It has arrived gradually, cool and wet. On 3-19-20 at 10:51 p.m. it was official. Earlier that day, I saw one of the Red-shouldered Hawks in the sugar maple by the pond. It was a drizzly day, but this bird looked VERY wet as it spread its feathers to dry! Later, I checked the gazebo cam for any activity. Well, no wonder! This hawk had gone fishing about 9:30 a.m. and fish are not their usual prey! It looks like the fish was the one that got away.
Read more: Red-shouldered Hawk
Since last Wednesday, 3-18-20, I've been hearing the high-pitched trilling of Pine Warblers. I caught a quick glimpse of one in a tree. Guess what kind of tree? A white pine tree, of course. They used to come to the bubbler more often in the spring, but I've only gotten photos once. Here are three photos that I took on 3-14-14 of the bird at the bubbler, in our pond cypress and on a white oak.
You can listen to the bird and watch videos here: Pine Warbler sounds
The Eastern Phoebes have been very active around the nest site. It has been just warm enough for small flying insects to be emerging, and these insects are a primary food source for flycatchers. I saw them chase away a pair of phoebes on two different days, another sure sign of this pair defending their territory. Nesting is all about location, location, location! The male is in the first and last photo, on the pond cypress branch and in the sugar maple. The female is in the middle two photos, on the pond cypress 'knee' in the swampy thicket and in the sugar maple.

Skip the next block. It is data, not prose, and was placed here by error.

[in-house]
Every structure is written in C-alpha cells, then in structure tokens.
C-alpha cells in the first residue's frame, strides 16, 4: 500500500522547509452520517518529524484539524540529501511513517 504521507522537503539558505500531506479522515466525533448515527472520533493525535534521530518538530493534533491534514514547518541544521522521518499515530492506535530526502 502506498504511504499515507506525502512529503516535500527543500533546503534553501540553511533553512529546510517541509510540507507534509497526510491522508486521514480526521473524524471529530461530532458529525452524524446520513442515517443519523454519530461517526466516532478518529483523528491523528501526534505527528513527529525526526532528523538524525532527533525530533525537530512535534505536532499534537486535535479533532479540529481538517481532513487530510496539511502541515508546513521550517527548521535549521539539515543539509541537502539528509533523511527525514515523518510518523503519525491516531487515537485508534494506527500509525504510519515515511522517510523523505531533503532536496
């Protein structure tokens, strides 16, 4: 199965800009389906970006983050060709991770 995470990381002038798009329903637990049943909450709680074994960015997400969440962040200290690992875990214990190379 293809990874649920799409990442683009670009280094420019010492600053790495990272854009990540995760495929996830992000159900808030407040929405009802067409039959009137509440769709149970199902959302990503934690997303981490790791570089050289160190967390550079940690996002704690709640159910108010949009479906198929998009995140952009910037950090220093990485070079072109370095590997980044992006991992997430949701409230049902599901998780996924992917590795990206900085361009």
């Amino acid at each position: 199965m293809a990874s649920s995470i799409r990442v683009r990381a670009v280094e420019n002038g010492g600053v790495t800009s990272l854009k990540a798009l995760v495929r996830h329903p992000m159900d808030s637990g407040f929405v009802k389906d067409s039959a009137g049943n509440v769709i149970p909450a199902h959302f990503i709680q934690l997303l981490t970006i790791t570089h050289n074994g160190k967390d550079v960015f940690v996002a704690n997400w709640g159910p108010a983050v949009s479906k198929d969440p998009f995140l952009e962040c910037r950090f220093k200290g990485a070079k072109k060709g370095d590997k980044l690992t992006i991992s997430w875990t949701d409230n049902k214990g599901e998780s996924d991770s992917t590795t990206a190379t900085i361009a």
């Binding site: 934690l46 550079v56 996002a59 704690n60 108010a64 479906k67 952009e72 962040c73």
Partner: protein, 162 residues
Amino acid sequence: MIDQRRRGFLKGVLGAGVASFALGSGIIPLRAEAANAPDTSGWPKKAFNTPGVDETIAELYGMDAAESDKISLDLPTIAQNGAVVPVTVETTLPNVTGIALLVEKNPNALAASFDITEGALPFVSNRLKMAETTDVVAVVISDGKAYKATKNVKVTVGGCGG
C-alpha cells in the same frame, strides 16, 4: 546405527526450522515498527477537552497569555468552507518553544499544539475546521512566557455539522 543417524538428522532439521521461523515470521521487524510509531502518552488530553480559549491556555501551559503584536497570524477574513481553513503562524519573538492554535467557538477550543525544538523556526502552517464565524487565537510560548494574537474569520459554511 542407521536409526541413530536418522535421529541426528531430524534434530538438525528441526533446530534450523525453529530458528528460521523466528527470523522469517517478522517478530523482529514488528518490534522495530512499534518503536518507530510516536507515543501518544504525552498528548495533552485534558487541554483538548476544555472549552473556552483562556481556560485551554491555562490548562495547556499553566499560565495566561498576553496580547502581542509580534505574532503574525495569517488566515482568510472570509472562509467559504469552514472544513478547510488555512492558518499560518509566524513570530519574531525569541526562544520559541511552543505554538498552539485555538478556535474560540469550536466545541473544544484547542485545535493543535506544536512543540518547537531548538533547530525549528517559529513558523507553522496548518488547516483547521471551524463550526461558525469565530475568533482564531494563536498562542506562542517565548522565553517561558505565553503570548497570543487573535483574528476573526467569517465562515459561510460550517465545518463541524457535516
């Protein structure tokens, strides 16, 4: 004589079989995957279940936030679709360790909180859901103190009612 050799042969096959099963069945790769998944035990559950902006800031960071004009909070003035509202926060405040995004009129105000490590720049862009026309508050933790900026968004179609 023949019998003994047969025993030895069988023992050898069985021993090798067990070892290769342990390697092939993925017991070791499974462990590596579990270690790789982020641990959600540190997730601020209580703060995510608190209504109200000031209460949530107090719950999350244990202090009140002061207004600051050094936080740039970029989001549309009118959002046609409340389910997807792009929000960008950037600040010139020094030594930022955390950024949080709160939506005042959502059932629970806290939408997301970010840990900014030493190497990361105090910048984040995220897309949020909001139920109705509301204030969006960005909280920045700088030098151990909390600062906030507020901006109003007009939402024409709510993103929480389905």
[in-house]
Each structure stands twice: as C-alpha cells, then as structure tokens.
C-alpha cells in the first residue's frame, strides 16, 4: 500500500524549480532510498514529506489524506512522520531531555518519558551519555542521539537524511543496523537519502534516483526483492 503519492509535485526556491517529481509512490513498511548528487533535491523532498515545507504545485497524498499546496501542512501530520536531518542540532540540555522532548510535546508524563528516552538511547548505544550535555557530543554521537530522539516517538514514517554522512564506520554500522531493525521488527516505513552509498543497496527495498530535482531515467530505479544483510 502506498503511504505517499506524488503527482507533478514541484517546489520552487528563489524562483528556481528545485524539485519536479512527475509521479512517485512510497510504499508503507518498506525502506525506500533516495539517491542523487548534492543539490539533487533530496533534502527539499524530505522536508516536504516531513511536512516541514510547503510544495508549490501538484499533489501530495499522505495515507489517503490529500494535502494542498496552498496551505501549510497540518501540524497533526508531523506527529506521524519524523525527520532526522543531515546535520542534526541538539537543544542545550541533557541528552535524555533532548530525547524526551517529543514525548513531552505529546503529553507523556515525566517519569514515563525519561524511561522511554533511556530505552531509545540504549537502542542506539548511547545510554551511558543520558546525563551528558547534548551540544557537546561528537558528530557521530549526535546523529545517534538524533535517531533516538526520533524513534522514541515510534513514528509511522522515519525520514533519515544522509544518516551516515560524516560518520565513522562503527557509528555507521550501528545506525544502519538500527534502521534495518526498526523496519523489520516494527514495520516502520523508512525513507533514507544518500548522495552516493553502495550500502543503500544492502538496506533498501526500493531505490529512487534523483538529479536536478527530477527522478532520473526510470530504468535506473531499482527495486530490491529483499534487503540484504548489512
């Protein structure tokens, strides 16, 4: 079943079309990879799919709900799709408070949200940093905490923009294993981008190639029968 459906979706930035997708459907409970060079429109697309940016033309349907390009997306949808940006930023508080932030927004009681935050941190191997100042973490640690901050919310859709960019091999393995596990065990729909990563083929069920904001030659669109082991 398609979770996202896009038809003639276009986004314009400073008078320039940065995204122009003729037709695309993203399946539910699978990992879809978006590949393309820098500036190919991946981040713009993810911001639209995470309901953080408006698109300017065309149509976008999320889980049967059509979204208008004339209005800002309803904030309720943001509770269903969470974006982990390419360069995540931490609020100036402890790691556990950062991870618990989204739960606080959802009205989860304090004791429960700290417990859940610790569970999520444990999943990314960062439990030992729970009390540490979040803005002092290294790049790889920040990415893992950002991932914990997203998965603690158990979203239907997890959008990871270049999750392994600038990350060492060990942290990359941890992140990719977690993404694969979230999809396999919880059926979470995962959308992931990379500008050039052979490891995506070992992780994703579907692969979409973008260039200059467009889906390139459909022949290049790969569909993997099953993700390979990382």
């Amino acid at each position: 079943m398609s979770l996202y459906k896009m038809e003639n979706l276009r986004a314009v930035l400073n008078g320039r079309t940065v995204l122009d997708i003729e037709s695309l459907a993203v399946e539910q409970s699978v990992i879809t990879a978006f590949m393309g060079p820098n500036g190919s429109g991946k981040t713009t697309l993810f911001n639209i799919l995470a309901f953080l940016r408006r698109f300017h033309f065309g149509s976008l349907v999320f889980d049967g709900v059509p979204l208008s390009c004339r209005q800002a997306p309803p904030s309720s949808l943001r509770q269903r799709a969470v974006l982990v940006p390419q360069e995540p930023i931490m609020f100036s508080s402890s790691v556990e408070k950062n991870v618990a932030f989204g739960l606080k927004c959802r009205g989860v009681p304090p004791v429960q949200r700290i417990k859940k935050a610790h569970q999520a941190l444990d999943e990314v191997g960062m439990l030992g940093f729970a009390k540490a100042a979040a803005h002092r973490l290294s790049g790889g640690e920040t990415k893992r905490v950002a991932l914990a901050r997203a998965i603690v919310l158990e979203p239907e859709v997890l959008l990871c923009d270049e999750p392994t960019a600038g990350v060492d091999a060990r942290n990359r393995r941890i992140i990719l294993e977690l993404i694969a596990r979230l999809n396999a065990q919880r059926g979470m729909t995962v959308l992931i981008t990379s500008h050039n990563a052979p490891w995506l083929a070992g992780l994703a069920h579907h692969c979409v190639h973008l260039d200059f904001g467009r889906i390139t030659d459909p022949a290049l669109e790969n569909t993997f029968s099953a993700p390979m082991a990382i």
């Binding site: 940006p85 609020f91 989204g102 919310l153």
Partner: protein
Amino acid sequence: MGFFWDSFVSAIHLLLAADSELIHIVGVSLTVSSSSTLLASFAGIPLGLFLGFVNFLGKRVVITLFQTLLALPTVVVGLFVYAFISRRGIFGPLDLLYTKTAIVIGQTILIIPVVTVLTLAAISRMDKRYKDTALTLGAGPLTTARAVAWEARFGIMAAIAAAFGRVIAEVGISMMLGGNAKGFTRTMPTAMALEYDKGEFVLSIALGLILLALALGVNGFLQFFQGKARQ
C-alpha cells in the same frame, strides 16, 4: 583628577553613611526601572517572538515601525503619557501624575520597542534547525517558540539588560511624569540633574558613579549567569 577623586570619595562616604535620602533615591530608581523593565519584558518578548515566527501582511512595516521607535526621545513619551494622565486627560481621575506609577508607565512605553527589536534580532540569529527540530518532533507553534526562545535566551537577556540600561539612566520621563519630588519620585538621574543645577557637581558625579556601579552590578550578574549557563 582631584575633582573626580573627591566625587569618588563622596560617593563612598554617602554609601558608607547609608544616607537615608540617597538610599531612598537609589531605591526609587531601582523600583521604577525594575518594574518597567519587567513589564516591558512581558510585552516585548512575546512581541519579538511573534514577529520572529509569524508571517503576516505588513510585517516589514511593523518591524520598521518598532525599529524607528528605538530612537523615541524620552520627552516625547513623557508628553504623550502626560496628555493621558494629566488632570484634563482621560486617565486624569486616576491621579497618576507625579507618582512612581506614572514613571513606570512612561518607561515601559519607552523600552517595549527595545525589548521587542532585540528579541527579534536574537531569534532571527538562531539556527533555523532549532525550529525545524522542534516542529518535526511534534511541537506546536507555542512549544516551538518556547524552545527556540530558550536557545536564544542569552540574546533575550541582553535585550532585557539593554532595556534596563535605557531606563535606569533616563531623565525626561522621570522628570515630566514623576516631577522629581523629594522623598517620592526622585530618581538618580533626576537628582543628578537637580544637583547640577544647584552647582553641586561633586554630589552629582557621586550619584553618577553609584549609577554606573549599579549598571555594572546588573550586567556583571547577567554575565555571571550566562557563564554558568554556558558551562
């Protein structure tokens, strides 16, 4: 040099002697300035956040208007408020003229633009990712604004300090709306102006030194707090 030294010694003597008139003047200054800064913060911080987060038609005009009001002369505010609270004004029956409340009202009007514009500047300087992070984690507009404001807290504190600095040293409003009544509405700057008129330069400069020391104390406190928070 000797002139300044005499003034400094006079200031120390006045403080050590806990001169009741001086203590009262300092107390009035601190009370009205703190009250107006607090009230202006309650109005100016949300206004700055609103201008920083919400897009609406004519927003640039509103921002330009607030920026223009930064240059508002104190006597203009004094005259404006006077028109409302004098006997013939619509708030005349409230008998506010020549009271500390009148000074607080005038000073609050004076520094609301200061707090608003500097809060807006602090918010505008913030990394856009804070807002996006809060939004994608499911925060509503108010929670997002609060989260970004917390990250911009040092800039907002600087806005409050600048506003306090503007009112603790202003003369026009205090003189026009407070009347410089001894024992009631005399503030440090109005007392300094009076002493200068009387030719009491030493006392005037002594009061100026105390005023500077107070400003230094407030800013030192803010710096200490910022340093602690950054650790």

Northern cardinals are also paired up and setting up territory. They may be waiting for it to warm up a bit more before building their nests.
Friday, 3-20-20 was our first full day of spring. I found these Virginia bluebells with their tiny, pink, star-shaped buds just peeking out!
The female Hairy Woodpecker has been coming to get a few bites of bark butter, along with its cousin, the female Downy Woodpecker. I put the two photos together and it's easier to see the size difference between the birds! The beaks are different, too.
Birds need water all year, and American Goldfinches have been coming to the bubbler to drink.
Brown Creepers are back again looking for insects moving about.
Dark-eyed Juncos will be here a while yet, leaving sometime in April to fly further north. Spring is the time when we still see birds of winter, like the juncos, and newly arriving migratory species, like the warblers.
The Carolina wrens were on the feeder together, looking about and making sure the coast was clear. The male and female look alike, though the male is the singer.
Yesterday, it started snowing with big, fat flakes. Sleet mixed in, too. It only lasted a few hours, not enough to build a snowman.
Here is an American Goldfinch changing into its bright coat of yellow, sitting in a blooming spicebush and being snowed upon.
Spring is about to get pretty boisterous now! Being out in nature is so good for us.
We hope you are finding interesting birds, insects and blooms in your yards, too.